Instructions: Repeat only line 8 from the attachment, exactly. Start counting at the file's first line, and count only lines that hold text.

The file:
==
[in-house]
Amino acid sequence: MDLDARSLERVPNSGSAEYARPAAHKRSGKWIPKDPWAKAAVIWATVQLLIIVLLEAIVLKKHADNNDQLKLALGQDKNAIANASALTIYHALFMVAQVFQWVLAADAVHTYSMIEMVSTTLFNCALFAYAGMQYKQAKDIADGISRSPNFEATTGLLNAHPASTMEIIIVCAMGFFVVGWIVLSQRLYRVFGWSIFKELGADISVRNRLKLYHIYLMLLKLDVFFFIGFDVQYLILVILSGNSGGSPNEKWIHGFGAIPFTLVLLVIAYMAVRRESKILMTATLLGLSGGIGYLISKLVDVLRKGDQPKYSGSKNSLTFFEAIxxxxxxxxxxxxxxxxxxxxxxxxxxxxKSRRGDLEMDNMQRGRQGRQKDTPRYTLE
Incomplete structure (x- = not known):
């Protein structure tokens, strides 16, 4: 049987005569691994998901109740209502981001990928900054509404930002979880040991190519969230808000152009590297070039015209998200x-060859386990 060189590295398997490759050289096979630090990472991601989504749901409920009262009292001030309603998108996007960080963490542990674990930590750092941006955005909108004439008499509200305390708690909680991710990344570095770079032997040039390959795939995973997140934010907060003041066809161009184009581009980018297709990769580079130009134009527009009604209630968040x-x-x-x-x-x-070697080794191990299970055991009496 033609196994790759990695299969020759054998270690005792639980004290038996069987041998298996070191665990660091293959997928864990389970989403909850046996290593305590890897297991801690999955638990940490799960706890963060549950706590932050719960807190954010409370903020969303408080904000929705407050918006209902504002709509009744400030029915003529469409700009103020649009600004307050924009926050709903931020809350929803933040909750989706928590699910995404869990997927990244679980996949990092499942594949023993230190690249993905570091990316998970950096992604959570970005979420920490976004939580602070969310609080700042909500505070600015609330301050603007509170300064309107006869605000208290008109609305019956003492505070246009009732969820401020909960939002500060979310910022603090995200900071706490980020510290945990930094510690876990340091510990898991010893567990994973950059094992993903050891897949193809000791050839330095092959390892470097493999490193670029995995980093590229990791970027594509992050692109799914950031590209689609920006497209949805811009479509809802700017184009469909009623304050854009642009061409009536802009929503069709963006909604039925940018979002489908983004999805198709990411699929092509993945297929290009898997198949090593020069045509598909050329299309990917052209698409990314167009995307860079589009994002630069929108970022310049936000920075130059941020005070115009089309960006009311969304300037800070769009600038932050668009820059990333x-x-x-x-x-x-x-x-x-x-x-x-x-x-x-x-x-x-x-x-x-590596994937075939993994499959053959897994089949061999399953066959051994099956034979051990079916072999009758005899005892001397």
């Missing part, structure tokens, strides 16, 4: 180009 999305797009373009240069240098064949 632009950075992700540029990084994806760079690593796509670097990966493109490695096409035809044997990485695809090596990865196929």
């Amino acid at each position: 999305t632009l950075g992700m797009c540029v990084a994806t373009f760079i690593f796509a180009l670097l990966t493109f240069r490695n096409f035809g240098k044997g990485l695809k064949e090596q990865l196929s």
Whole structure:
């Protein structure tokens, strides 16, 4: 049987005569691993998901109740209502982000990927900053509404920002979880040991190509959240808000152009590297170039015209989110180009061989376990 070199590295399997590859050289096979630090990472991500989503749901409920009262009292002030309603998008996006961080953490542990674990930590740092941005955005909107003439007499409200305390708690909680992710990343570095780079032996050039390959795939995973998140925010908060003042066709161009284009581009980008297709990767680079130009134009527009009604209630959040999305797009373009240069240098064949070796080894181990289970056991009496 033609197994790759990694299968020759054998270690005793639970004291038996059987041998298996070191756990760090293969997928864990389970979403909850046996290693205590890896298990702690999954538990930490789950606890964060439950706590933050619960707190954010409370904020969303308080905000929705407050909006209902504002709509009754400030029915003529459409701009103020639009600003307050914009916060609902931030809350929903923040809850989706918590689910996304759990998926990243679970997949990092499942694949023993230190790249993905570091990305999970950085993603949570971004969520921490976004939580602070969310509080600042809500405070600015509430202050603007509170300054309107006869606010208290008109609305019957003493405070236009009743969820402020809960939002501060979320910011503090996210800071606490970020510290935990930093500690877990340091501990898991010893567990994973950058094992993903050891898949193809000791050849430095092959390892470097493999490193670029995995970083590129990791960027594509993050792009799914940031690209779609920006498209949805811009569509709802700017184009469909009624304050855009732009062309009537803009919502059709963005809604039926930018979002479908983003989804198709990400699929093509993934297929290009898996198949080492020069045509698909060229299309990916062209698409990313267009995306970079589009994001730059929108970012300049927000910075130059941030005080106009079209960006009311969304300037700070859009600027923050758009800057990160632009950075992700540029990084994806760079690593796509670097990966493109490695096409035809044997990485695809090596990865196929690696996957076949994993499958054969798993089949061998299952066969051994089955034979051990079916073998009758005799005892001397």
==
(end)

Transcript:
């Protein structure tokens, strides 16, 4: 049987005569691993998901109740209502982000990927900053509404920002979880040991190509959240808000152009590297170039015209989110180009061989376990 070199590295399997590859050289096979630090990472991500989503749901409920009262009292002030309603998008996006961080953490542990674990930590740092941005955005909107003439007499409200305390708690909680992710990343570095780079032996050039390959795939995973998140925010908060003042066709161009284009581009980008297709990767680079130009134009527009009604209630959040999305797009373009240069240098064949070796080894181990289970056991009496 033609197994790759990694299968020759054998270690005793639970004291038996059987041998298996070191756990760090293969997928864990389970979403909850046996290693205590890896298990702690999954538990930490789950606890964060439950706590933050619960707190954010409370904020969303308080905000929705407050909006209902504002709509009754400030029915003529459409701009103020639009600003307050914009916060609902931030809350929903923040809850989706918590689910996304759990998926990243679970997949990092499942694949023993230190790249993905570091990305999970950085993603949570971004969520921490976004939580602070969310509080600042809500405070600015509430202050603007509170300054309107006869606010208290008109609305019957003493405070236009009743969820402020809960939002501060979320910011503090996210800071606490970020510290935990930093500690877990340091501990898991010893567990994973950058094992993903050891898949193809000791050849430095092959390892470097493999490193670029995995970083590129990791960027594509993050792009799914940031690209779609920006498209949805811009569509709802700017184009469909009624304050855009732009062309009537803009919502059709963005809604039926930018979002479908983003989804198709990400699929093509993934297929290009898996198949080492020069045509698909060229299309990916062209698409990313267009995306970079589009994001730059929108970012300049927000910075130059941030005080106009079209960006009311969304300037700070859009600027923050758009800057990160632009950075992700540029990084994806760079690593796509670097990966493109490695096409035809044997990485695809090596990865196929690696996957076949994993499958054969798993089949061998299952066969051994089955034979051990079916073998009758005799005892001397």